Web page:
Newly released video shows alleged abuse at a soon-to-be shuttered New Jersey correctional facility
By Evan Simko-Bednarski, Taylor Romine, Jean Casarez and Hollie Silverman, CNN
(CNN) -- Newly released video obtained by CNN shows correctional officers allegedly abusing inmates at a soon-to-be shuttered women's correctional facility in New Jersey.
The edited footage shows correctional officers extracting inmates from their cells, physically restraining inmates, punching inmates, and deploying pepper spray into cells with closed doors. The footage was first made public through open records requests made by the Associated Press and other parties.
Gov. Phil Murphy announced in June that he was closing the Edna Mahan Correctional Facility for Women (EMCF), which was New Jersey's only women's prison, after an independent report he commissioned detailed the allegations of abuse against inmates.
"I've just made a decision. Enough. We're turning the page," Murphy said on June 7. "This is a multi-year process. You just can't flip a light switch. I think New York City is in the middle of an eight-year process on Rikers Island. Please God, we get this done a lot faster than that."
Corrections officers at EMCF were accused in the report of abusing inmates on the night of January 11 when inmates were removed from cells after they allegedly "splashed" corrections officers with bodily fluids and other unidentified fluids. The governor said in light of the report's findings, the "only path forward is to responsibly close the facility."
The New Jersey Department of Corrections did not immediately respond to CNN's request for comment on the newly released footage Monday. In June, a spokesperson told CNN that the department took the allegations seriously.
"From first learning of the January 11 incident at Edna Mahan Correctional Facility for Women, the Department took swift action to suspend 34 staff members and immediately sought the assistance of the Office of the Attorney General and the Prosecutor's Office to investigate the conduct for potential criminal prosecution," DOC spokeswoman Liz Velez told CNN last month.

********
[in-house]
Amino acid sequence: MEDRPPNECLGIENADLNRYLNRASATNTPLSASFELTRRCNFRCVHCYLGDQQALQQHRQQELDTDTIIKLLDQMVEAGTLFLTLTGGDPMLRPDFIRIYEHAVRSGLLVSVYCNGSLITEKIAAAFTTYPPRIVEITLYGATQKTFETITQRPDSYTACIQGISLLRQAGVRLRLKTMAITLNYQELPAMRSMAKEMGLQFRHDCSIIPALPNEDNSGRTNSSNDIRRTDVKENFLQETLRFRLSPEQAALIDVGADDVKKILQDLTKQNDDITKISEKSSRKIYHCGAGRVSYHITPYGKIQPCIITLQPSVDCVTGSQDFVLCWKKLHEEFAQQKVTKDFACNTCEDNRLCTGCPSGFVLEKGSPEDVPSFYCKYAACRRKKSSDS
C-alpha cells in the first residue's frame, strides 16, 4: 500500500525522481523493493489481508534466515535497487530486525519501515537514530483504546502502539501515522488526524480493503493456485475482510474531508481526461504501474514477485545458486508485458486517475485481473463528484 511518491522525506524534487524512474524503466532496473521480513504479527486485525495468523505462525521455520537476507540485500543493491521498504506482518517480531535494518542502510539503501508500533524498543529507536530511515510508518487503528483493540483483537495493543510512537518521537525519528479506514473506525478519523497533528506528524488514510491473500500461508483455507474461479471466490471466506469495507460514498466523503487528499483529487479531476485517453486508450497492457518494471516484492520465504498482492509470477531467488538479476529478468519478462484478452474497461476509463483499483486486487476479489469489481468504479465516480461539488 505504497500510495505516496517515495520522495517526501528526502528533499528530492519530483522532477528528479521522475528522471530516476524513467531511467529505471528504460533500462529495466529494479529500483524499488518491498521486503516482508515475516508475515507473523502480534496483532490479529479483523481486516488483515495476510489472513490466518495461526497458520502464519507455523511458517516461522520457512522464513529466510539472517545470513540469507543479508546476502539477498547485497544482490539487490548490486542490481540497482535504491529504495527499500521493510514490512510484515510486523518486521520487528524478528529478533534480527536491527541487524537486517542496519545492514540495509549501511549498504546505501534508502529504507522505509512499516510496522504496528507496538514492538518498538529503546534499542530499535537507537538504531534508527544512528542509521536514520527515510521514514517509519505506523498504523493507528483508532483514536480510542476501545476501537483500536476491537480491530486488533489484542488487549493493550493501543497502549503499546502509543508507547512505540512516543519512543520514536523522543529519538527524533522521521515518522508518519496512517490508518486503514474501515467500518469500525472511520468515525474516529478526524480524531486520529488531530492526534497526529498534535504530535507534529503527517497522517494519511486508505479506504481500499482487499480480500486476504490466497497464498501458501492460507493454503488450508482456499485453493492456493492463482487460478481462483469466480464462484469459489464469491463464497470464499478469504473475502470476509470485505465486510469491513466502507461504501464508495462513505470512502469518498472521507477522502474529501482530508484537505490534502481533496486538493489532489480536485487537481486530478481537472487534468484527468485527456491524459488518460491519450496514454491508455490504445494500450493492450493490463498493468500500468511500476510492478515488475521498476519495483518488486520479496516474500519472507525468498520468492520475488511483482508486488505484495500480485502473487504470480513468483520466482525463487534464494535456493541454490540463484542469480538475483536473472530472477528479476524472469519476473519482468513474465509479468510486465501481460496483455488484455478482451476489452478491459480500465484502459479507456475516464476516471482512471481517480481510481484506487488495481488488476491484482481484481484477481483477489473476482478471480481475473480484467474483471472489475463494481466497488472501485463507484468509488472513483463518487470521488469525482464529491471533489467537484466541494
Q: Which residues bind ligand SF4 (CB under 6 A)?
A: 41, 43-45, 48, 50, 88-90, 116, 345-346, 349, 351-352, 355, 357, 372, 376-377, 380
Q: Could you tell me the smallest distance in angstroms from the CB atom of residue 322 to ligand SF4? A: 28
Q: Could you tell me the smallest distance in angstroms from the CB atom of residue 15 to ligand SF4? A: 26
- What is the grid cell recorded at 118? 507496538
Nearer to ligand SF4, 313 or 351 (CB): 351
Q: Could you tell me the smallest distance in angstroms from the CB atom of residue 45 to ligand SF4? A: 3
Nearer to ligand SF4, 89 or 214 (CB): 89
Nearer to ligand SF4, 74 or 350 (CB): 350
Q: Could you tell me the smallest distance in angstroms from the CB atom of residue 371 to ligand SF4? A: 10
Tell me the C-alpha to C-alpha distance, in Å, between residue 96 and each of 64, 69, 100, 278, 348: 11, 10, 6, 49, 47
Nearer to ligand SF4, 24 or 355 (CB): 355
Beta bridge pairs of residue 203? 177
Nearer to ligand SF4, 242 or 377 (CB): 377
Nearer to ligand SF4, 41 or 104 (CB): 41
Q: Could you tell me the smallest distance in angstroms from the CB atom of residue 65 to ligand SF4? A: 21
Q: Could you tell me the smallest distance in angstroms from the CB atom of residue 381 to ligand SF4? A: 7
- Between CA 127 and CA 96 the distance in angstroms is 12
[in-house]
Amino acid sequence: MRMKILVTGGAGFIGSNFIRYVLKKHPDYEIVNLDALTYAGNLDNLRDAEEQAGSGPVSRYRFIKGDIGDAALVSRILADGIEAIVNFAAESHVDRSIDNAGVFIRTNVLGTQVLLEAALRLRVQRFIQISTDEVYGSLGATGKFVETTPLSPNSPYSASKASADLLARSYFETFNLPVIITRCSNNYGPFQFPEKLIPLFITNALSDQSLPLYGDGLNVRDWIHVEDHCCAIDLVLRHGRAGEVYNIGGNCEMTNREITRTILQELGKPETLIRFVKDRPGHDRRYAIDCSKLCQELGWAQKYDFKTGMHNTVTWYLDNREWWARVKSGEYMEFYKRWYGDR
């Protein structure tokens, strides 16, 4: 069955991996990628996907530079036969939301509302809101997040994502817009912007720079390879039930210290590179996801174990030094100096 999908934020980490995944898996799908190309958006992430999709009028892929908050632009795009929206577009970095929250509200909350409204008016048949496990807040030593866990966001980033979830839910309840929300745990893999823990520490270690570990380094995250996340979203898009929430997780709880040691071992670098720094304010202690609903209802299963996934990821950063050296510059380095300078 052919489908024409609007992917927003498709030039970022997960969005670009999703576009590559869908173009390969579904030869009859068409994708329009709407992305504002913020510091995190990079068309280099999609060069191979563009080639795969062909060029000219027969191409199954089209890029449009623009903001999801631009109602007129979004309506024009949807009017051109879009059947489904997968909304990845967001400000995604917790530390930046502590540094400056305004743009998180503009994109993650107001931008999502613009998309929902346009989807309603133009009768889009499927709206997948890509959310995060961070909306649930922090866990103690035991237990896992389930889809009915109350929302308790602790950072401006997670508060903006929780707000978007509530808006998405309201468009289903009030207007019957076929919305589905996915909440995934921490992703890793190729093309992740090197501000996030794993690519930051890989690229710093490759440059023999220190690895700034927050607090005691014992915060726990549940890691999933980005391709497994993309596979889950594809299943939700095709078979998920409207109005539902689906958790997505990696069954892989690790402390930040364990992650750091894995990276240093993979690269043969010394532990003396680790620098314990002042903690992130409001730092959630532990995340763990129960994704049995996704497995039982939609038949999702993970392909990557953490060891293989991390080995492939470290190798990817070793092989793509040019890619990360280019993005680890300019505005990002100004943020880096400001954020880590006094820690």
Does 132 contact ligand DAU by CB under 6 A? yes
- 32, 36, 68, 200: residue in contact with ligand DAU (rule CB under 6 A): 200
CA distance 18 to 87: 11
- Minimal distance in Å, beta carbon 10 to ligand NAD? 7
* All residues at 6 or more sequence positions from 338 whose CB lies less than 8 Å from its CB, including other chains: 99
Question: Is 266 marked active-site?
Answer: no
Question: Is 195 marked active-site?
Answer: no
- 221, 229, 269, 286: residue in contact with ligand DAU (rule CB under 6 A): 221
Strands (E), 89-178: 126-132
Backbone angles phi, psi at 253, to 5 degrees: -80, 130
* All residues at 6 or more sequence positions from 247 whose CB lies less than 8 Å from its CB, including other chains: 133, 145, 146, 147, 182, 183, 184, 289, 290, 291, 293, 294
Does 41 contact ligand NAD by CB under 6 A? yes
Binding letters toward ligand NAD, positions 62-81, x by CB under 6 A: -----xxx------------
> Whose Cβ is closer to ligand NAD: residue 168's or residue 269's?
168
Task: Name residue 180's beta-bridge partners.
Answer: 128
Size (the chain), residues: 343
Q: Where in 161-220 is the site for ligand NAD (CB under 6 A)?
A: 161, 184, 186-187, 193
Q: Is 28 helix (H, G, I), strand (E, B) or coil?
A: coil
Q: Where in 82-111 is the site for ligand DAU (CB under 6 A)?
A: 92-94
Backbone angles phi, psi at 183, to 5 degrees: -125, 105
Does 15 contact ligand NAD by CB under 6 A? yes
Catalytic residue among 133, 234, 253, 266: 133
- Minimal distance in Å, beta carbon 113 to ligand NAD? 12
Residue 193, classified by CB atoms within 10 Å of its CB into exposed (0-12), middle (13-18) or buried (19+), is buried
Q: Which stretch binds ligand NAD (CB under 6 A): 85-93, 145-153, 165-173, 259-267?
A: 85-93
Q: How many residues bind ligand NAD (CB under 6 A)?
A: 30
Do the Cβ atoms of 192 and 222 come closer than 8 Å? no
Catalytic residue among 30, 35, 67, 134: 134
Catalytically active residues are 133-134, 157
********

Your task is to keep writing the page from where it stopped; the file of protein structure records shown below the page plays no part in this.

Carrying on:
What the video shows
In a 95-minute edited video obtained by CNN, multiple officers in riot gear are seen walking into the cell of a woman, whose face is blurred. They spray her with pepper spray and one begins punching her and yelling at her as she appears to try to cover her head and face.
The video appears to be from a body-worn camera and security cameras.
The woman is coughing during the encounter and yelling. She can be heard at one point saying, "Are you done punching me in my face like this?" and "You like this?"
Five officers are seen pulling her from her cell into a hallway filled with other officers, and one officer is heard saying, "You're going to walk like a normal human being, you understand?"
They take her to a medical area where she tells a woman who is not visible, "They busted my lip. They punched me in my face. They punched me in my chest. They punched me for no reason. I don't know why I was just assaulted. I was sleeping; they ... came in my room and assaulted me."
The video also shows other inmates being pepper-sprayed and punched before being taken from their cells. One inmate's arm was broken, the report said.
Officers charged in incident
Several correctional officers are accused of submitting false reports about what happened that night, including one who said the victim was throwing punches toward his torso, a claim that's not supported by video evidence at the scene, according to the attorney general's office.
In all, 10 correctional officers are facing various charges ranging from records tampering and official misconduct to aggravated assault, State Attorney General Gurbir S. Grewal announced last month. He said at the time that one inmate was punched about 28 times and another was punched while she was in handcuffs.
The incident is just one of many reported at the facility.
Last April, the Department of Justice wrote in a notice after a two-year investigation that there is "reasonable cause to believe" that conditions at EMCF violate the Eighth Amendment, which prohibits "cruel and unusual punishment," due to "the sexual abuse of prisoners by the facility's staff" and that "these violations are pursuant to a pattern or practice of resistance to the full enjoyment of rights protected by the Eighth Amendment."
The DOJ wrote that the facility "fails to protect victims who report excuse abuse from retaliation," subjects those who do report sexual abuse to "hard and isolating conditions," and that officials at the facility knew about the abuse and disregarded it, among other findings.
Earlier this year, a transgender woman was placed in a men's prison after filing a lawsuit alleging abuse at the facility. She has been moved to an out-of-state women's facility, according to her lawyer.
The woman had filed a lawsuit in March, alleging she was one of several inmates attacked by corrections officers at the facility earlier this year, including the January 11 incident.
The early January incident triggered a joint investigation by the Attorney General's Office of Public Integrity and Accountability and the Hunterdon County Prosecutor's Office, according to the attorney general's office. Murphy said he was "sickened by the horrific reports," and he ordered a full independent investigation by the state's former comptroller.
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